Bouhani Vs Kittel
It's all pretty straightforward and it's all pretty good fun. And, with McLeman having used relatively objective traits to score his chosen riders on, there's not much likelihood of blood being shed as you argue over whether Djamolidine Abdoujaparov was better than Erik Zabel. Which is at one and the same time both a good thing and a bad thing.
Abdu Vs Zabel
There is, I think, a lot more you can do with these cards than just play a standard game of Top Trumps. You could see if you could build a house of cards using the likes of Tony Rominger, Miguel Indurain, Laurent Jalabert and the rest of that generation and then see how long it lasts before it gets blown down (clue: a bloody long time - you could even toss the USADA and CIRC reports at it and it wouldn't tumble). You could play a timed version of the game, sort of like one of those prequel sprint races they put on ahead of the GPs Montréal and Quebec. You could play a mash-up game, the stars of today versus the stars of yesterday (Stephen Roche would beat Nico on all level, but Dan Martin would tie with Sean Kelly on climbing). Or you could try and recreate races and see how they should have played out: every time I've replayed the end of this year's Paris-Roubaix using the relevant cards, John Degenkolb still wins but no matter how many times I've tried to replay the finish of last year's Liège-Bastogne-Liège I just can't get Dan Martin to fall off.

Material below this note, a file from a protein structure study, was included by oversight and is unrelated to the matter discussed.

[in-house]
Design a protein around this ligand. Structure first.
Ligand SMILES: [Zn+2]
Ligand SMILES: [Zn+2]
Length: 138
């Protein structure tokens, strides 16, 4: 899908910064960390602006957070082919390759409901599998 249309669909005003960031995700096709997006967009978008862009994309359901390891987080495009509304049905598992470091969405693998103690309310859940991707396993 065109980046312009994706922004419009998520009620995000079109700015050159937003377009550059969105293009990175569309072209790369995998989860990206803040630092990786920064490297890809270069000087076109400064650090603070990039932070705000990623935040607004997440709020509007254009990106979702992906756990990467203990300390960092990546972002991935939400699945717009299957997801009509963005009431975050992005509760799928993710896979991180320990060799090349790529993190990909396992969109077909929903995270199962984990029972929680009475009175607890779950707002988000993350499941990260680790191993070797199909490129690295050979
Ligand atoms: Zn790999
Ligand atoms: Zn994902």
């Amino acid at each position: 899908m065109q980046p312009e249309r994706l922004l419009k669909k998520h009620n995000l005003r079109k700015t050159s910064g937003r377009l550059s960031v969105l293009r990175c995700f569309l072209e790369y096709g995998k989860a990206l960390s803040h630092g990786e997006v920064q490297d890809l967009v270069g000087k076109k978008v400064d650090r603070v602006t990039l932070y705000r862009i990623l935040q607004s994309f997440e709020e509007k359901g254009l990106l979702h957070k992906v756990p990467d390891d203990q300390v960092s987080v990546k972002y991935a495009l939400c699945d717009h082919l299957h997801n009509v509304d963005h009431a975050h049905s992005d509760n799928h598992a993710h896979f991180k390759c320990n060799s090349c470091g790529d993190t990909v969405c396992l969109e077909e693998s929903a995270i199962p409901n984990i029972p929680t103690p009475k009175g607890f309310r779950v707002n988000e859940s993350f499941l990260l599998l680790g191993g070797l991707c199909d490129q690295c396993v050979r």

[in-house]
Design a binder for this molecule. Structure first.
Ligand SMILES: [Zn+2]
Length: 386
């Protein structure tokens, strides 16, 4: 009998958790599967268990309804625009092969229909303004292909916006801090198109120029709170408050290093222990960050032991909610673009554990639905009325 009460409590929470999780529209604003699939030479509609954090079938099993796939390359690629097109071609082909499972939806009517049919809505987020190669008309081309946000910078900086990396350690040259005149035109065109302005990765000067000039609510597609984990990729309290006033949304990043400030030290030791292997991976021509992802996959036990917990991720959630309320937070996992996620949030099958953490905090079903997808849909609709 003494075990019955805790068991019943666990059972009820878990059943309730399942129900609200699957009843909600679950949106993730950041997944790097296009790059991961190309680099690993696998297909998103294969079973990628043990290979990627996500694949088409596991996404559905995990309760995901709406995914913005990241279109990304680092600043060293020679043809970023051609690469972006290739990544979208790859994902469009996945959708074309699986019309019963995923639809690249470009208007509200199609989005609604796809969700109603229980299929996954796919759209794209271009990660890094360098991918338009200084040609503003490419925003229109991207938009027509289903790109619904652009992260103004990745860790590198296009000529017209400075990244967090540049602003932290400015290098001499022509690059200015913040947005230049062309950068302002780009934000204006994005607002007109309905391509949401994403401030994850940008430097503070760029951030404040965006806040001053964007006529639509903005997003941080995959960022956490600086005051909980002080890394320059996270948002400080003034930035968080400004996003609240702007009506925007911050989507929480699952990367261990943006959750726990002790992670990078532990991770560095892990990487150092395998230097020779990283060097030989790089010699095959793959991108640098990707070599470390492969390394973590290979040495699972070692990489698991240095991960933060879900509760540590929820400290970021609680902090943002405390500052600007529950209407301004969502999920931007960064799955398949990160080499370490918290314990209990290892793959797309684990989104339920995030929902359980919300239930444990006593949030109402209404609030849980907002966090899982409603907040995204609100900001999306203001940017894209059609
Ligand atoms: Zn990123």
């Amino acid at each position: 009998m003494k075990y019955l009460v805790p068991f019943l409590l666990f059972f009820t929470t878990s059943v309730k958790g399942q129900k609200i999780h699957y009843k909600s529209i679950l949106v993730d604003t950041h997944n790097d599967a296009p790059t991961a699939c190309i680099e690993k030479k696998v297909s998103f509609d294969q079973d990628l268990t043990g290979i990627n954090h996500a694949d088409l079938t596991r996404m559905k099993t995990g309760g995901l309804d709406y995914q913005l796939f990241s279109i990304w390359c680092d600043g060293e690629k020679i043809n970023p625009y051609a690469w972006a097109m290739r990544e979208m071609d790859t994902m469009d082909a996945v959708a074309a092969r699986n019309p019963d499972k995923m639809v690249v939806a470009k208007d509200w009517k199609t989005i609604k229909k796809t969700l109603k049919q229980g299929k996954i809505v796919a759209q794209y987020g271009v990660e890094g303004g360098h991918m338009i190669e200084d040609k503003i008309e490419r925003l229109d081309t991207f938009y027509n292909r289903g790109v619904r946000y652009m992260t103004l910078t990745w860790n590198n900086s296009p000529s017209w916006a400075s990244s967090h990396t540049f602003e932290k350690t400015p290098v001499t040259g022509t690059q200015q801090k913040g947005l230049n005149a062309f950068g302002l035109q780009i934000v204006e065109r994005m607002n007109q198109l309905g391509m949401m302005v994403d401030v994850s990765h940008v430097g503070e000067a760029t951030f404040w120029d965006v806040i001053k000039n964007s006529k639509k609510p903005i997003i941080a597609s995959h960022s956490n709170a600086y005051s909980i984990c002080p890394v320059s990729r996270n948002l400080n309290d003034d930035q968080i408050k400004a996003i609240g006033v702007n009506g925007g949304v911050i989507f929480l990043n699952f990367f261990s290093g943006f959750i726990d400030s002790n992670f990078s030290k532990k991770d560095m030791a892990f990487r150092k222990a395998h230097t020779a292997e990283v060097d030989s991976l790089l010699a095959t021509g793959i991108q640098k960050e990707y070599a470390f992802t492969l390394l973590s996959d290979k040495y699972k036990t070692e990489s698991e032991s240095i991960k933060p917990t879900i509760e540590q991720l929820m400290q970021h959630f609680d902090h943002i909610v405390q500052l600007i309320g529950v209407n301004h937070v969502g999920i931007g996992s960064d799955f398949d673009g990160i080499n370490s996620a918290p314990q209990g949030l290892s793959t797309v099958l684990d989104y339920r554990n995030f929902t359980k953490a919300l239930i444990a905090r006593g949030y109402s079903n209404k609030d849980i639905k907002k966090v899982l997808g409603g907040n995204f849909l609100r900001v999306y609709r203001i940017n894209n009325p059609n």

One more use for you. Regulars round here may know that I'm with Paul Fournel when he says that maps are dream machines, to be read like adventure stories. A map of France, it can tell the whole history of the Tour, if you read it right. I reckon the same can be said of a deck of cycling Trumps. All you have to do is use the cards the same way Tex Tyler's World War II soldier used a deck of playing cards as a surrogate book of prayer, allowing one deck of cards to replace all the cycling books you've ever owned. Who needs their cycling book shelf on a Kindle when really all you need is a deck of cards?
Let's use the legends pack here, fifty-four riders ranging from Costante Girardengo and Alfredo Binda through Ferdy Kübler and Hugo Koblet, on past Luis Herrera and Andy Hampsten and right up to Paolo Bettini and Óscar Freire. Let's pick three cards at random and see what stories they tell. First, there's Fred de Bruyne, then there's Charly Gaul and finally there's Alfredo Binda.